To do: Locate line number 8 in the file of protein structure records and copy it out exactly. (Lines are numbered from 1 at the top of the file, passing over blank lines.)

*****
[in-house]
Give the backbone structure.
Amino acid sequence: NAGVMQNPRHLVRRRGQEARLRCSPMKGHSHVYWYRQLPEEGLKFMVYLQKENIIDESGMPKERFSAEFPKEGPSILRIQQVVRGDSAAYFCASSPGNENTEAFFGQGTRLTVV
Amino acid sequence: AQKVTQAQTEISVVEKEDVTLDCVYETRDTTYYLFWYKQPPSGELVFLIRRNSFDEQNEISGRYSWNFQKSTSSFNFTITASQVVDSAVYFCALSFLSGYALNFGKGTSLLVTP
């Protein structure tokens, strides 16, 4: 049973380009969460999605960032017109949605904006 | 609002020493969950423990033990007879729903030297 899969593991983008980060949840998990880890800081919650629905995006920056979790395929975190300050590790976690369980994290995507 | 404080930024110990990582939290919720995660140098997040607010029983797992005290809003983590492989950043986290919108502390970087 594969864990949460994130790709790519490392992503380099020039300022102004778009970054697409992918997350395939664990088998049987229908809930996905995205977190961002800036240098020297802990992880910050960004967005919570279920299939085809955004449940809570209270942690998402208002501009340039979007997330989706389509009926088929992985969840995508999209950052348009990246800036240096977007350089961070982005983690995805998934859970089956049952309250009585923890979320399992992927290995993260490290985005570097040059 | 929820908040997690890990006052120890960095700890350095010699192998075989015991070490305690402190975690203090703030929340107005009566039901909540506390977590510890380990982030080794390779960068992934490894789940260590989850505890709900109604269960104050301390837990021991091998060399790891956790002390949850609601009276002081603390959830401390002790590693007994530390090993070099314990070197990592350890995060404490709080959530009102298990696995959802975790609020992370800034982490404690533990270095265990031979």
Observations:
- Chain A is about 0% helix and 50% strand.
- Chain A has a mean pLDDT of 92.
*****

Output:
- Chain A has a mean pLDDT of 92.